I’m into my third year as a member of Salisbury & District Angling Club but for various reasons I have not yet ventured out for grayling over the autumn and winter. I’ve caught plenty by accident whilst fishing dry flies for brown trout and they are a lovely fish to catch. So, this year, I decided to try my hand at targeting grayling.
I’m comfortable with dry fly tactics so I aimed to have some dedicated sessions trying nymph tactics. I’d been tying a small range of grayling flies during the year so when the brown trout season finished and the weather started to get a little colder, I was ready to go.
I’d done some research on set-ups and decided on a few options to try which would not require much (if any) additional kit and minimal changes to my normal dry fly set-up. My first approach was to try euro-nymphing which basically involves fishing weighted nymphs on a short line and keeping in very close contact with the flies, using an indicator of some sort to help with bite detection. I bought a Hends Czech Nymph Furled Leader which I attached to the end of my tapered leader (shortened to five feet) which I greased up. I added normal tippet to the end with a lighter nymph on a dropper at three feet and a beaded nymph on point a further three feet away. Grayling will tend to sit on the river bed so the aim is to get the flies close using different weights and tippet lengths, depending on the speed of current and depth of water. Like most things in fishing, this seems to be a matter of trial and error and experience.
I started with a shrimp on the top dropper and a beaded hares ear with a pink collar on the point. I stripped a small amount of line off the reel and started to experiment with casting and keeping the line tight as the flies move down the current. The best approach for me was to have about half a rod length of line out and hold the line by the handle. I then just whipped the line out forward and to one side and then tracked it back down the river by moving the rod but not retrieving any line. This is quite straightforward and in no time you get into a routine of casting and stepping, working your way slowly up river or through a pool.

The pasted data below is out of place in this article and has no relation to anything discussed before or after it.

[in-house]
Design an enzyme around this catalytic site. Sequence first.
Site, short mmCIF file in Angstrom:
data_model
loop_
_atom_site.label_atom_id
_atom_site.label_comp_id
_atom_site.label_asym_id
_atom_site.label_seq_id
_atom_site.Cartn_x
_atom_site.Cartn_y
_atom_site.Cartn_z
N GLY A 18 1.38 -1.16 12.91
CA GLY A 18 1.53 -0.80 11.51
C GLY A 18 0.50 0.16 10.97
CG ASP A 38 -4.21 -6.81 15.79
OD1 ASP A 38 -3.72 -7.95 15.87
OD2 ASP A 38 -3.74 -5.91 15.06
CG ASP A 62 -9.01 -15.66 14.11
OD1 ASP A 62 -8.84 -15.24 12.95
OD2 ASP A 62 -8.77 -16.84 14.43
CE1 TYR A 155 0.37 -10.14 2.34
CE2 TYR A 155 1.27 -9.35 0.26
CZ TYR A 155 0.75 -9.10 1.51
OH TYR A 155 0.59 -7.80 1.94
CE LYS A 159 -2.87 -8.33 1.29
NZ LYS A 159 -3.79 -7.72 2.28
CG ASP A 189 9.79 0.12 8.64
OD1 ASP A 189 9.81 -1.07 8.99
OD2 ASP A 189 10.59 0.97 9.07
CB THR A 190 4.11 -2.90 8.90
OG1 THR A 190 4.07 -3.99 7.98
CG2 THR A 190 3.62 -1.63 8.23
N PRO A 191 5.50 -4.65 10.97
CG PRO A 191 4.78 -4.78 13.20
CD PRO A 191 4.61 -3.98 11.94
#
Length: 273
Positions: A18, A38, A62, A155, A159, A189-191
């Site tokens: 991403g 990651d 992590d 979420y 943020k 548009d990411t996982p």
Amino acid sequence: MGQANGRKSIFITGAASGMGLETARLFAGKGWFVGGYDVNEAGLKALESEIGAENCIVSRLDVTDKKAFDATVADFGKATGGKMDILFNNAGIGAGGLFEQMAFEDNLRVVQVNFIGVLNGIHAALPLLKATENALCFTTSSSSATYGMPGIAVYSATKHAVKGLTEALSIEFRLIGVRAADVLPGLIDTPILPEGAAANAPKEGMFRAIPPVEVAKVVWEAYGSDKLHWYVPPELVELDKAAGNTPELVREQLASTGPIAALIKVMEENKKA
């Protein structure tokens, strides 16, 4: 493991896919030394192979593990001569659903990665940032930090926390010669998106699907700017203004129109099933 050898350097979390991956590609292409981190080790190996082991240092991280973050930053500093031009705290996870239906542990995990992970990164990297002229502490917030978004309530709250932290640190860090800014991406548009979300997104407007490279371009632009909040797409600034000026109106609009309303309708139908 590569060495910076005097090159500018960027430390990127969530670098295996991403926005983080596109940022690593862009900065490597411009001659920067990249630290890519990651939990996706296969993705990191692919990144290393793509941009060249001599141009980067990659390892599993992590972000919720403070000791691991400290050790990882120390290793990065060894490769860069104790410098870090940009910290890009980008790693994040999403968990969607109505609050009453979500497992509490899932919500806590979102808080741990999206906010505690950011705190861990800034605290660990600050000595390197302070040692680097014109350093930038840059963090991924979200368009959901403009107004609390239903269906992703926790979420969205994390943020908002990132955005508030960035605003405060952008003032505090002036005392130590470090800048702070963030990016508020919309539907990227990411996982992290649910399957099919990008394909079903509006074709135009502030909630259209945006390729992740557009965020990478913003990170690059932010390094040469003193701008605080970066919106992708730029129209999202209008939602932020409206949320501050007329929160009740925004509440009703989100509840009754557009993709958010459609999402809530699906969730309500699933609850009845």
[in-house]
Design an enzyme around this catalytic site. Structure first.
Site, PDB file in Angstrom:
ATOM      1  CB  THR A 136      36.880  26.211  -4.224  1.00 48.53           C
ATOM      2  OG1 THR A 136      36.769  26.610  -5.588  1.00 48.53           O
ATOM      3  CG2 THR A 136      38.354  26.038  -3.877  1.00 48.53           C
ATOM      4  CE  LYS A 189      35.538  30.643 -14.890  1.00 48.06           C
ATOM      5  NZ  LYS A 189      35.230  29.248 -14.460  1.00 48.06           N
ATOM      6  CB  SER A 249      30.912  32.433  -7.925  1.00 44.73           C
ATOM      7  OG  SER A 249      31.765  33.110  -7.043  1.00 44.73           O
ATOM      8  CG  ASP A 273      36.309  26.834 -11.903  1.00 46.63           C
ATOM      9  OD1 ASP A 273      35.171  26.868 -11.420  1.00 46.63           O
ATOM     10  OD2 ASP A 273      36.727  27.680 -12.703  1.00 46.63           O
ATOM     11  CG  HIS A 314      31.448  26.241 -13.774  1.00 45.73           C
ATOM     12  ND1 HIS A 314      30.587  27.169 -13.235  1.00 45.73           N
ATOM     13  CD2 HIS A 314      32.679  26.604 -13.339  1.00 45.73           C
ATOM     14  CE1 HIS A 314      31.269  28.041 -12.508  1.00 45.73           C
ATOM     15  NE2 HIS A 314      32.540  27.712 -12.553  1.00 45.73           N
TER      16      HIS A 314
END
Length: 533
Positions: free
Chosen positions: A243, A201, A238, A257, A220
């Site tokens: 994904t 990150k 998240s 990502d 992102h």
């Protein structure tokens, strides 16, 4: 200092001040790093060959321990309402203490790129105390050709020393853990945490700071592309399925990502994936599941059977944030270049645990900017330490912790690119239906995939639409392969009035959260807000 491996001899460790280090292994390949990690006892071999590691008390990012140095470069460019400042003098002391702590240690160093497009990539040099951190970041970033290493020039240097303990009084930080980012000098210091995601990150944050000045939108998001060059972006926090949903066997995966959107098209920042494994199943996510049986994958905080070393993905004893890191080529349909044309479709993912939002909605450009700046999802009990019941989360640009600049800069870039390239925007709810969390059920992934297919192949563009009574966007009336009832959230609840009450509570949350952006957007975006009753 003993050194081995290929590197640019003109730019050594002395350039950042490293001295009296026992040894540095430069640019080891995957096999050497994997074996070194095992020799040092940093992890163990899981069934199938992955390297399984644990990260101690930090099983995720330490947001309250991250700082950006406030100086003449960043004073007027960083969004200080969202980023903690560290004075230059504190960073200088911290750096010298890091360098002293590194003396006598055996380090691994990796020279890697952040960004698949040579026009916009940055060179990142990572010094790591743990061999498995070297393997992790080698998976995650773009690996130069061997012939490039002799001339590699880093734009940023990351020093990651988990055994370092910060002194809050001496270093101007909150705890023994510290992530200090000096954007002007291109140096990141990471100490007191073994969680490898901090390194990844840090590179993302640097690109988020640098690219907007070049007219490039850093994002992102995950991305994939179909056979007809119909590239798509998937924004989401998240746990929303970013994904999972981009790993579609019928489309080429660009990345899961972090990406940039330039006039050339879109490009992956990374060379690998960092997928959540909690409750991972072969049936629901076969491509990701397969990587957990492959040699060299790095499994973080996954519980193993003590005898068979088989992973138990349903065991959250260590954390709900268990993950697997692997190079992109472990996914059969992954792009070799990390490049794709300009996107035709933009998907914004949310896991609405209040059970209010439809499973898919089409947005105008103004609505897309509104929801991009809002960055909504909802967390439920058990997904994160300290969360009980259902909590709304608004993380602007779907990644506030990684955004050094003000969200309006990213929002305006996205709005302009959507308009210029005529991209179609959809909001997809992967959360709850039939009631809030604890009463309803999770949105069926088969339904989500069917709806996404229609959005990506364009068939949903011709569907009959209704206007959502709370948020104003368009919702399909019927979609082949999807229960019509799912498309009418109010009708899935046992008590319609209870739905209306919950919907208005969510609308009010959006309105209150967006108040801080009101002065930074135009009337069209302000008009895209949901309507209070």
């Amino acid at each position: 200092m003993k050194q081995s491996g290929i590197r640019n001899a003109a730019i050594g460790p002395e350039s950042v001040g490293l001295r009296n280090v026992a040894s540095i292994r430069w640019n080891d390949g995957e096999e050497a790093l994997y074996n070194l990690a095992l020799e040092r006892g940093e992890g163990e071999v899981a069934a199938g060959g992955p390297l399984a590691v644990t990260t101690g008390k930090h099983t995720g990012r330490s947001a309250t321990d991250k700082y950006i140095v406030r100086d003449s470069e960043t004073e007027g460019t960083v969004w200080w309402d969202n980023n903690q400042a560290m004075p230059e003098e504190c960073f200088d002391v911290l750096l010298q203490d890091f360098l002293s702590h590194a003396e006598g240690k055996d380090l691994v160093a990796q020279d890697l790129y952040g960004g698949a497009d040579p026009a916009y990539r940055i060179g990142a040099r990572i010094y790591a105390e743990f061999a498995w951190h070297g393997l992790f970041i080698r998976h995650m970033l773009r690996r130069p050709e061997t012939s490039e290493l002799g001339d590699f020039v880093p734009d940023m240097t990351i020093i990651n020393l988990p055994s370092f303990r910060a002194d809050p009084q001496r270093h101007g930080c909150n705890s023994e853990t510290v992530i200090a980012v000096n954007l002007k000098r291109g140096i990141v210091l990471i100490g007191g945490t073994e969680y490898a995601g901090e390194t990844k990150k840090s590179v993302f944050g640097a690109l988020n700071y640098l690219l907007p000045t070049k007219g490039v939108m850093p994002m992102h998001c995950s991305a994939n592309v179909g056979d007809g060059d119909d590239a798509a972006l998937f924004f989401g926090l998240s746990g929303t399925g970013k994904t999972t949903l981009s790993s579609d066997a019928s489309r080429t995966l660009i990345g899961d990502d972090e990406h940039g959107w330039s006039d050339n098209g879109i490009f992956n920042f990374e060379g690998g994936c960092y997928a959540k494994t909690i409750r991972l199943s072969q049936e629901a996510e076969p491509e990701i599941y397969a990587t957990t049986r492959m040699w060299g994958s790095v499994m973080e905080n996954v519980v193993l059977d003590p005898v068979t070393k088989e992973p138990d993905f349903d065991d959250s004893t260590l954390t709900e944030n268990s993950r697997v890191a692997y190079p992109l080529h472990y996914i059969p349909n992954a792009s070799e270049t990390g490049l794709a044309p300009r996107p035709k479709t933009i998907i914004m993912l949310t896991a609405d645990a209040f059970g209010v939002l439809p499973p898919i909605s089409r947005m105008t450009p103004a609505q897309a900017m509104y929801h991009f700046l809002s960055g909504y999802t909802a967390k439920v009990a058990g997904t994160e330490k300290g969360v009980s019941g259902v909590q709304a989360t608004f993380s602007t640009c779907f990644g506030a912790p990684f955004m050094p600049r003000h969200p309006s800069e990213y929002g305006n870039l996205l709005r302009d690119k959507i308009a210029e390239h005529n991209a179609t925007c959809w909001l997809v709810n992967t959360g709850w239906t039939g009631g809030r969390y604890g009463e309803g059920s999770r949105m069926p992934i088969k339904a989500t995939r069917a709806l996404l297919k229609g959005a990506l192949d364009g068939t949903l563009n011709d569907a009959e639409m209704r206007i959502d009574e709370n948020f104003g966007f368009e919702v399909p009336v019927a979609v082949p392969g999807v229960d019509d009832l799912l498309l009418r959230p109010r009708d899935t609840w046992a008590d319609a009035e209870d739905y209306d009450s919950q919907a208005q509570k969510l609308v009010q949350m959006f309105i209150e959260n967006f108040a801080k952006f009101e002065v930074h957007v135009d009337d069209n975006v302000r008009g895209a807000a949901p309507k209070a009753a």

I worked my way towards a section where I had seen grayling in during the summer months but had no interest and couldn’t see signs of fish. The final section of the beat ends in front of a bridge which I know contains fish. I worked through it and finally got a really good take on a beaded hares ear on the point. It was very clear from watching the braided indicator when the fish took and I just had to lift into the fish. It turned out to be a lovely brown trout, unfortunately out of season but at least proof to me that the method would work.
I tried another few smaller wading sections on my way up the river and managed to get four grayling and another brown trout, most falling to the hares ear but a few on a lighter pheasant tail on the top dropper and an olive nymph with an orange tag.
A week later I managed to get up to the same stretch of the Avon for another go. The conditions were very similar so I repeated the same method on a different beat further upstream. I had a go off the bank to start with but found it tricky using a euro-nymphing technique – I may try a dedicated bank day in the future with some different methods. I moved further upstream to another wading beat and slipped into the water. This time I tried a beaded black nymph with a red tag on the point and a disco shrimp on the top dropper. The action was relatively consistent and I managed 3 grayling and a small wild brownie.
I had another hour left so went back down to the section that I’d done well on the previous time and managed another grayling and a couple of decent brownies. Every fish but one had come to the black nymph with a red tag!
On the way back to the car I couldn’t resist having one last cast in a deep pool by a bridge. This is normally surrounded by local walkers, dogs and kids paddling in the river so I tend to give it a wide berth. But today it was quiet and the pool looked fishy, just the sort of water I thought grayling might inhabit. I switched the point fly to a larger, heavier beaded hares ear and cast it into the depth. Almost immediately there was a huge tug on the line (didn’t need an indicator for that) and the rod bent. I knew immediately that this was something big and so unlikely to be a grayling. I played the fish carefully as I was only on 4lb tippet and after 10 heart-stopping minutes, finally slipped a large, wild brownie into the net. The picture below doesn’t really do it justice although the large tail shows its a good fish. I would estimate it was 4-5lb and my largest wild brownie, unfortunately out of season.
Over two sessions I managed 16 fish, which is far more than I have caught on dry flies and shows how effective this method is. So far, the fish seem to have been stationed just outside the main current and have mostly taken the point fly fished close to the river bed. Something with a tag (red or orange) seems to catch their attention but drab pheasant tails and hares ears were successful as well.